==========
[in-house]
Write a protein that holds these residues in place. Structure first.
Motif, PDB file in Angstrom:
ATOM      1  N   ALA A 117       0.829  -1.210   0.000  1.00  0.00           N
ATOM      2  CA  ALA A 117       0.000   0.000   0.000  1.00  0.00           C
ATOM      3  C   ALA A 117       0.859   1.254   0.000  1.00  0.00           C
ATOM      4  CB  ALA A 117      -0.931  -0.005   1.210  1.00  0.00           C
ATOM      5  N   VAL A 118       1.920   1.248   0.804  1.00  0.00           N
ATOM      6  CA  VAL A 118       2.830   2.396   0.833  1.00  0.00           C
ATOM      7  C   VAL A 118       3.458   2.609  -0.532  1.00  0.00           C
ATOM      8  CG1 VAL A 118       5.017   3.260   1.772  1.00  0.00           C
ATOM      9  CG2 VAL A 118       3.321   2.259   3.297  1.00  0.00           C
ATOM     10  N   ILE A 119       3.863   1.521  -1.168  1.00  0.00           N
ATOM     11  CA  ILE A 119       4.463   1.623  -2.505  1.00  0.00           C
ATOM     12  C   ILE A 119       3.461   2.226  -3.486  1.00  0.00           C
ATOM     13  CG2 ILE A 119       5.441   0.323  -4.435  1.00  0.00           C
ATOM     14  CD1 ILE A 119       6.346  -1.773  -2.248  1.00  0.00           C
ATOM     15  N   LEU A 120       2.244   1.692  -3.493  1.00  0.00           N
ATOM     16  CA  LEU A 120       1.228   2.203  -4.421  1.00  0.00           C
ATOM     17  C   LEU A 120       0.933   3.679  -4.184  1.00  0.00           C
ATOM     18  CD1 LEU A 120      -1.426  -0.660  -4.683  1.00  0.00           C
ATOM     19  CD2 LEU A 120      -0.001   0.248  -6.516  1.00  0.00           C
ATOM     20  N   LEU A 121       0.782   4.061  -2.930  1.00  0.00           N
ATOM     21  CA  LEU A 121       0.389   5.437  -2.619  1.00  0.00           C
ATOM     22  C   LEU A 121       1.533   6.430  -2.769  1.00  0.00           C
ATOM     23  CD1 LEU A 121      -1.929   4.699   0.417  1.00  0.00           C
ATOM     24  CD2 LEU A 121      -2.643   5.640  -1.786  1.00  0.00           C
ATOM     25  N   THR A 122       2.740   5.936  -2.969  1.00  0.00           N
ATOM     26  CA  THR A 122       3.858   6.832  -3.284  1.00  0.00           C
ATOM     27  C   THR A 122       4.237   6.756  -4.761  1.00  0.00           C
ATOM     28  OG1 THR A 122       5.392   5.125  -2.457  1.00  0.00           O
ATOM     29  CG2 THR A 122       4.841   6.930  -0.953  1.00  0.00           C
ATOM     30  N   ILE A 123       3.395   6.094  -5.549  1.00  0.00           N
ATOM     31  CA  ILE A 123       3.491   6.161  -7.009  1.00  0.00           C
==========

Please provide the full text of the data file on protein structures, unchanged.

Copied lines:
[in-house]
Write a protein that holds these residues in place. Structure first.
Motif, PDB file in Angstrom:
ATOM      1  N   ALA A 117       0.829  -1.210   0.000  1.00  0.00           N
ATOM      2  CA  ALA A 117       0.000   0.000   0.000  1.00  0.00           C
ATOM      3  C   ALA A 117       0.859   1.254   0.000  1.00  0.00           C
ATOM      4  CB  ALA A 117      -0.931  -0.005   1.210  1.00  0.00           C
ATOM      5  N   VAL A 118       1.920   1.248   0.804  1.00  0.00           N
ATOM      6  CA  VAL A 118       2.830   2.396   0.833  1.00  0.00           C
ATOM      7  C   VAL A 118       3.458   2.609  -0.532  1.00  0.00           C
ATOM      8  CG1 VAL A 118       5.017   3.260   1.772  1.00  0.00           C
ATOM      9  CG2 VAL A 118       3.321   2.259   3.297  1.00  0.00           C
ATOM     10  N   ILE A 119       3.863   1.521  -1.168  1.00  0.00           N
ATOM     11  CA  ILE A 119       4.463   1.623  -2.505  1.00  0.00           C
ATOM     12  C   ILE A 119       3.461   2.226  -3.486  1.00  0.00           C
ATOM     13  CG2 ILE A 119       5.441   0.323  -4.435  1.00  0.00           C
ATOM     14  CD1 ILE A 119       6.346  -1.773  -2.248  1.00  0.00           C
ATOM     15  N   LEU A 120       2.244   1.692  -3.493  1.00  0.00           N
ATOM     16  CA  LEU A 120       1.228   2.203  -4.421  1.00  0.00           C
ATOM     17  C   LEU A 120       0.933   3.679  -4.184  1.00  0.00           C
ATOM     18  CD1 LEU A 120      -1.426  -0.660  -4.683  1.00  0.00           C
ATOM     19  CD2 LEU A 120      -0.001   0.248  -6.516  1.00  0.00           C
ATOM     20  N   LEU A 121       0.782   4.061  -2.930  1.00  0.00           N
ATOM     21  CA  LEU A 121       0.389   5.437  -2.619  1.00  0.00           C
ATOM     22  C   LEU A 121       1.533   6.430  -2.769  1.00  0.00           C
ATOM     23  CD1 LEU A 121      -1.929   4.699   0.417  1.00  0.00           C
ATOM     24  CD2 LEU A 121      -2.643   5.640  -1.786  1.00  0.00           C
ATOM     25  N   THR A 122       2.740   5.936  -2.969  1.00  0.00           N
ATOM     26  CA  THR A 122       3.858   6.832  -3.284  1.00  0.00           C
ATOM     27  C   THR A 122       4.237   6.756  -4.761  1.00  0.00           C
ATOM     28  OG1 THR A 122       5.392   5.125  -2.457  1.00  0.00           O
ATOM     29  CG2 THR A 122       4.841   6.930  -0.953  1.00  0.00           C
ATOM     30  N   ILE A 123       3.395   6.094  -5.549  1.00  0.00           N
ATOM     31  CA  ILE A 123       3.491   6.161  -7.009  1.00  0.00           C